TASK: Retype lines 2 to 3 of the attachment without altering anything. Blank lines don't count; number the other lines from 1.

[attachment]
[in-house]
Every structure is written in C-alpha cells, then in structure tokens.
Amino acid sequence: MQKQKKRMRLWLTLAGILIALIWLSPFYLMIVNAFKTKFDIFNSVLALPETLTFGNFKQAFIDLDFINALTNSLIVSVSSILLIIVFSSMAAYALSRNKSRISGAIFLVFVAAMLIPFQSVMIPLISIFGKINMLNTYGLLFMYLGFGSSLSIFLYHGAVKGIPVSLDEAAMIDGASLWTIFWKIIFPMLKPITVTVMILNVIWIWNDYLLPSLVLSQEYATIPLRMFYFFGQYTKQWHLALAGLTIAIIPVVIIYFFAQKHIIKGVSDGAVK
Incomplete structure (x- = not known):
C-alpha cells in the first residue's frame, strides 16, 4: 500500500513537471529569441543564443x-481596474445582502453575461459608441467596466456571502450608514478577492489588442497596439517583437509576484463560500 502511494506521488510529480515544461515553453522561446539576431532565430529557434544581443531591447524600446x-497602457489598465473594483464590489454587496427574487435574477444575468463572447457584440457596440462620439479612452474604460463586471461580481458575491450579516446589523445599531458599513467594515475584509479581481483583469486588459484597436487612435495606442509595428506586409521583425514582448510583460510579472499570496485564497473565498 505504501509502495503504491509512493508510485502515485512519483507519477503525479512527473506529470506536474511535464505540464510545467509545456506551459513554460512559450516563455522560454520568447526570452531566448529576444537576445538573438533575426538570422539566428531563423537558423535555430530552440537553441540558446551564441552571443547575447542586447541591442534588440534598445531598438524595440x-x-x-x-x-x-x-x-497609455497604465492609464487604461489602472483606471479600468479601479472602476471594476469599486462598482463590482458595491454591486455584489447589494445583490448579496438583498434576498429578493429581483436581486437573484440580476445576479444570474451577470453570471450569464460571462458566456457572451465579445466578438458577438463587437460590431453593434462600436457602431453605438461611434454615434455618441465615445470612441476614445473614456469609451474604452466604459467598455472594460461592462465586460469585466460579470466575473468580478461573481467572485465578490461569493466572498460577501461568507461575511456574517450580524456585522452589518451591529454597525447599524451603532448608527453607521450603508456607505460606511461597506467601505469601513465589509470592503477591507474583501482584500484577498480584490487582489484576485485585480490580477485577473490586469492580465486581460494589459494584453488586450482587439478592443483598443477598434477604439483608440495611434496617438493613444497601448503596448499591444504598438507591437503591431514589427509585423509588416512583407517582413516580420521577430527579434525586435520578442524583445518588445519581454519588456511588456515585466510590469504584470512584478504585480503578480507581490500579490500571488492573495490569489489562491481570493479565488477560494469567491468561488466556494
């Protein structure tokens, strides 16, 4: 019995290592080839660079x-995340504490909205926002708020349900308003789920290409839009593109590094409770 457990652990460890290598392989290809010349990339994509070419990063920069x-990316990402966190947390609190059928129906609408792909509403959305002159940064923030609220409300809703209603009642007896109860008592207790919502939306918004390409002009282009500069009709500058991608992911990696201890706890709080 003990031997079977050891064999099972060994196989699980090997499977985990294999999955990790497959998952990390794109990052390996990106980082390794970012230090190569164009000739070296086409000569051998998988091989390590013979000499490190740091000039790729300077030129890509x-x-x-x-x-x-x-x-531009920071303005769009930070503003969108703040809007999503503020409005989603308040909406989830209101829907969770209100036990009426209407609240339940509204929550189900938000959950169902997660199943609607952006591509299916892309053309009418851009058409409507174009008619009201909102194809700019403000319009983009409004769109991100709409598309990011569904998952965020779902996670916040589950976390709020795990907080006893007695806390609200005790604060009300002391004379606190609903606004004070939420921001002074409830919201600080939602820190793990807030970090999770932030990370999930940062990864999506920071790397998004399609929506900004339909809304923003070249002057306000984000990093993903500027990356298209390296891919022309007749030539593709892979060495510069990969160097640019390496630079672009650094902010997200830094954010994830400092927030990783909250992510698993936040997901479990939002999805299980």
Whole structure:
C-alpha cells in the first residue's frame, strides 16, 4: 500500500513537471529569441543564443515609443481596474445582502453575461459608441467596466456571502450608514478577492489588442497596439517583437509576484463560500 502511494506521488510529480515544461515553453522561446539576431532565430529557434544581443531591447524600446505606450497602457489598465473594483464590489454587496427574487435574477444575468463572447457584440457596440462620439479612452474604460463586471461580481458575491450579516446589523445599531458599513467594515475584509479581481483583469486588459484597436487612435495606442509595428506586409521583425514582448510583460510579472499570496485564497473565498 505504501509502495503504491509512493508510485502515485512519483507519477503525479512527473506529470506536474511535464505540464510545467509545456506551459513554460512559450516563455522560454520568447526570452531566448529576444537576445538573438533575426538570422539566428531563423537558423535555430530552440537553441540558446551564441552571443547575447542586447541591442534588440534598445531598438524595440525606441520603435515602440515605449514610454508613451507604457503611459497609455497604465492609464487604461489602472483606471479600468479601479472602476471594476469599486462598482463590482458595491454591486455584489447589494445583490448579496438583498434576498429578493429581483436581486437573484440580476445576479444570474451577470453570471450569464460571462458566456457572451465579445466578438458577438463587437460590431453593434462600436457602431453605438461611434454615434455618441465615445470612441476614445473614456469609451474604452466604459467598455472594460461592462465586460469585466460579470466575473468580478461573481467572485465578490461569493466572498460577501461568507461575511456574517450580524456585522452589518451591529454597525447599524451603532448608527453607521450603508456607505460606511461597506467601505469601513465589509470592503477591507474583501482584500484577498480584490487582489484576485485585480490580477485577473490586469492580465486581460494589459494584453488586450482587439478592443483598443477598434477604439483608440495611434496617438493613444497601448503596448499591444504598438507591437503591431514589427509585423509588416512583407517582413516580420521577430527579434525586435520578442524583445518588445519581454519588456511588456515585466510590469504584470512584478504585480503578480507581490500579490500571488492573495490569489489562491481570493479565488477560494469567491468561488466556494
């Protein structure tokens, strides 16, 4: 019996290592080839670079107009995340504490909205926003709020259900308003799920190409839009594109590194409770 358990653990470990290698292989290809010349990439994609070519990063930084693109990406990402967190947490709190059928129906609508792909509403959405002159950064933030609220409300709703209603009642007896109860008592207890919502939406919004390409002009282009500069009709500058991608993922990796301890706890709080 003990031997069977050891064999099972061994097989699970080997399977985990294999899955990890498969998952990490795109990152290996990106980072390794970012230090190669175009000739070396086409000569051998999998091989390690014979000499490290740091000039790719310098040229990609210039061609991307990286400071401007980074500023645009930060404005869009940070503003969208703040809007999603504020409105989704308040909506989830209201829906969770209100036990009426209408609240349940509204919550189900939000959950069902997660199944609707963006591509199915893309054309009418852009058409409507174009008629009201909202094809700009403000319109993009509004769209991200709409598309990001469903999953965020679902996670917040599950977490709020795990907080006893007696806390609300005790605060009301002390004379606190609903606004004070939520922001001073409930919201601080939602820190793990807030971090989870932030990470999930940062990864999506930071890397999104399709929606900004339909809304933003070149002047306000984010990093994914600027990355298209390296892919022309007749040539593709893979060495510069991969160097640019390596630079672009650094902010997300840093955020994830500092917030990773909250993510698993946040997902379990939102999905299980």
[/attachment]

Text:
Every structure is written in C-alpha cells, then in structure tokens.
Amino acid sequence: MQKQKKRMRLWLTLAGILIALIWLSPFYLMIVNAFKTKFDIFNSVLALPETLTFGNFKQAFIDLDFINALTNSLIVSVSSILLIIVFSSMAAYALSRNKSRISGAIFLVFVAAMLIPFQSVMIPLISIFGKINMLNTYGLLFMYLGFGSSLSIFLYHGAVKGIPVSLDEAAMIDGASLWTIFWKIIFPMLKPITVTVMILNVIWIWNDYLLPSLVLSQEYATIPLRMFYFFGQYTKQWHLALAGLTIAIIPVVIIYFFAQKHIIKGVSDGAVK